NDeRC Asteroid Research, Summer 2011
posted by: Aaron McNeely
Along with variable stars, our students Shane and Adam also became involved with the International Astronomical Search Collaboration (IASC). The IASC is an educational outreach program for high schools and colleges that provides opportunities for asteroid research and discovery.
The asteroid searches are organized by season, and a number of provincial and international schools participate. Each school has a folder located at http://iasc.hsutx.edu/index.htm. Participants are required to check their folders regularly for new asteroid data. The data files consist of CCD images taken through telescopes located at the Astronomical Research Institute (ARI), Westfield IL. The ARI operates a 24 and a 32-inch telescope for data collection.
Each data set consists of three CCD images. The images display the same star field, but are separated in time by a few minutes. The task for students is to identify any objects that appear to move and determine if they could logically be an asteroid. The students use a software package named Astrometrica for moving object detection. Asteroids appear as diffuse points and not as single pixels. There are various imposter signals that the students sort through.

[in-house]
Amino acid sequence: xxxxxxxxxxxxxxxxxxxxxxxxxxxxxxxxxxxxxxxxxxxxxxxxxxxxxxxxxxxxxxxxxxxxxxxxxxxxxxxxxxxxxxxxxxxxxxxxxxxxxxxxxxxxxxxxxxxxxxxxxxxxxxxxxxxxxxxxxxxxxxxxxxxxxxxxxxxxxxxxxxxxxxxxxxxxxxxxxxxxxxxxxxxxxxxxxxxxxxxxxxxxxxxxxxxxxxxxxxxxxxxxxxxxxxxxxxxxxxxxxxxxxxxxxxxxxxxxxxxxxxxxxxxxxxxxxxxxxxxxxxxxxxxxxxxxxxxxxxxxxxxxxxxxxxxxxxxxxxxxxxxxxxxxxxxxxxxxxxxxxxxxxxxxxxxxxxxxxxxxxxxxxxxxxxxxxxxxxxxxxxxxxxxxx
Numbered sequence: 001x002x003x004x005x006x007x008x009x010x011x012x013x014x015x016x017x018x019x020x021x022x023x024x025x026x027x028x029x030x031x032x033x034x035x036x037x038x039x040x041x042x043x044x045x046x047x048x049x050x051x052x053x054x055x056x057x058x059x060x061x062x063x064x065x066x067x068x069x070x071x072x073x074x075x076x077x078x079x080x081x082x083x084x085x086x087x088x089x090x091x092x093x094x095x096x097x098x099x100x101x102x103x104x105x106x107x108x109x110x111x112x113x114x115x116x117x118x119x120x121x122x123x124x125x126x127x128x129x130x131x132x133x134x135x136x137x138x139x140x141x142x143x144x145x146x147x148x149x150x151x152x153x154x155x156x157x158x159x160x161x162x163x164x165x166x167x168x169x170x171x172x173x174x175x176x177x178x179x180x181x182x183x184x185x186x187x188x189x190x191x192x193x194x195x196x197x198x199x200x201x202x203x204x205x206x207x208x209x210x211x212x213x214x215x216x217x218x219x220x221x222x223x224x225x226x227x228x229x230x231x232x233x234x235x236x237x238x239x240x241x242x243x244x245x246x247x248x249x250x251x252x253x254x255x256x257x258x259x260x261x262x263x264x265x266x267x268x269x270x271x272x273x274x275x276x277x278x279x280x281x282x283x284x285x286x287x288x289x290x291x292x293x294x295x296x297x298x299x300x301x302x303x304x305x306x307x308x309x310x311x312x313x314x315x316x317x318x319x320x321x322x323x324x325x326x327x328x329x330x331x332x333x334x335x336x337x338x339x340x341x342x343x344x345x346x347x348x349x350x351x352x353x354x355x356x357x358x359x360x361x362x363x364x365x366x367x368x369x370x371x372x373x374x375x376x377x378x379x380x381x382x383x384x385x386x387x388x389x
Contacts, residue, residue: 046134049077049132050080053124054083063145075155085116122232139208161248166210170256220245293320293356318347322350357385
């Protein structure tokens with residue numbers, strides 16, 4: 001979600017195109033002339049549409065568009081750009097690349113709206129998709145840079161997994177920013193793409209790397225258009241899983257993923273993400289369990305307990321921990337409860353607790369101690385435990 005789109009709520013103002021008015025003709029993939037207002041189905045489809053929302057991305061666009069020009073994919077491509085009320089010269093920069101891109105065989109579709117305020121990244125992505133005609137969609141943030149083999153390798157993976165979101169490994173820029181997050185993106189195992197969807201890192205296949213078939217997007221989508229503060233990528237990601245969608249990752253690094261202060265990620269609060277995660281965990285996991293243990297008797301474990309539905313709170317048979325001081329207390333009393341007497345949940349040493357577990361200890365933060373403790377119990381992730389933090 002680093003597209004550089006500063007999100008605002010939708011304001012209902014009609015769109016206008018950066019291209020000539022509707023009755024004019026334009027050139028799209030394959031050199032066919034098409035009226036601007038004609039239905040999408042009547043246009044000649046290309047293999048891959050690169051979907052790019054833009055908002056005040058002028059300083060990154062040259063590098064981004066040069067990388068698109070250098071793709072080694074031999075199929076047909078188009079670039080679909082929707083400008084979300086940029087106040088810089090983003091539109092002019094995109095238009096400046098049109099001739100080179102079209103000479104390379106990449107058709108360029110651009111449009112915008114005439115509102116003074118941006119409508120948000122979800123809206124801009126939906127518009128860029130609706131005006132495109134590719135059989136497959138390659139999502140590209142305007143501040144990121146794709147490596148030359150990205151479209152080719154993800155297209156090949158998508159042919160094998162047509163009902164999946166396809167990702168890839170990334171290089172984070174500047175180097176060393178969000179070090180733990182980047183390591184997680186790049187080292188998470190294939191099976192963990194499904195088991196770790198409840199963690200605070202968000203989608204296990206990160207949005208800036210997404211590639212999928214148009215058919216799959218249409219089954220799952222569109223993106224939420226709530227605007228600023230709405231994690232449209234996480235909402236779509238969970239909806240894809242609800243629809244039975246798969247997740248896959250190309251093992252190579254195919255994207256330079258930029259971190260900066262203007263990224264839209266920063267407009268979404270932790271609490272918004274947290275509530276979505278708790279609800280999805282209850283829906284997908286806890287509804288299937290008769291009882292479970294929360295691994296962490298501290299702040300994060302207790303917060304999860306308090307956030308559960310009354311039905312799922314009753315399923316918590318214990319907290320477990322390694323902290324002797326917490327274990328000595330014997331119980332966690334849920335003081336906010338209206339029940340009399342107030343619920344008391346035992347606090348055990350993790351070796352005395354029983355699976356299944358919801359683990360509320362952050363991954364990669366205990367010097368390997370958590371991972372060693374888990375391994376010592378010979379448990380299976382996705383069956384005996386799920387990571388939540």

The students made asteroid confirmations, observations, and three discoveries. Confirmations involve further observations to confirm those of a previous group. Observations consist of determining the positions of known asteroids in order to refine the accuracy of their orbital models. Discoveries occur when asteroid signals appear in the data sets that do not belong to any known object. With the IASC, discoveries generally occur 2-3 times per observing season.
Recent accomplishments of IASC groups are maintained at the following site:
For the summer, our students provided three observations of known asteroids:
2011 KW19, 07/10/11
2011 LA19, 07/12/11
2011 LC19, 07/22/11
Our students also made three preliminary discoveries:
2011 TOV486, 07/26/11
2011 TOV484, 07/26/11
2011 TOV50U, 08/01/11
Our preliminary discoveries will be vetted over a 4-5 year process where the asteroids are reobserved over one complete orbit period. Eventually, if the objects are confirmed, the students will be able to select names for their discoveries.
I need to stress that many of the data sets bore no tangible results. Our student researchers processed many data sets to obtain the results listed above.
To summarize, our students made three preliminary asteroid discoveries and three observations of known asteroids. Also, Shane and Adam agreed to continue the asteroid campaign into the school year, so more results similar to the above may be forthcoming.
The following is a link to my summer research paper which was presented in early August. This blog entry is a revised sample of text from my original paper.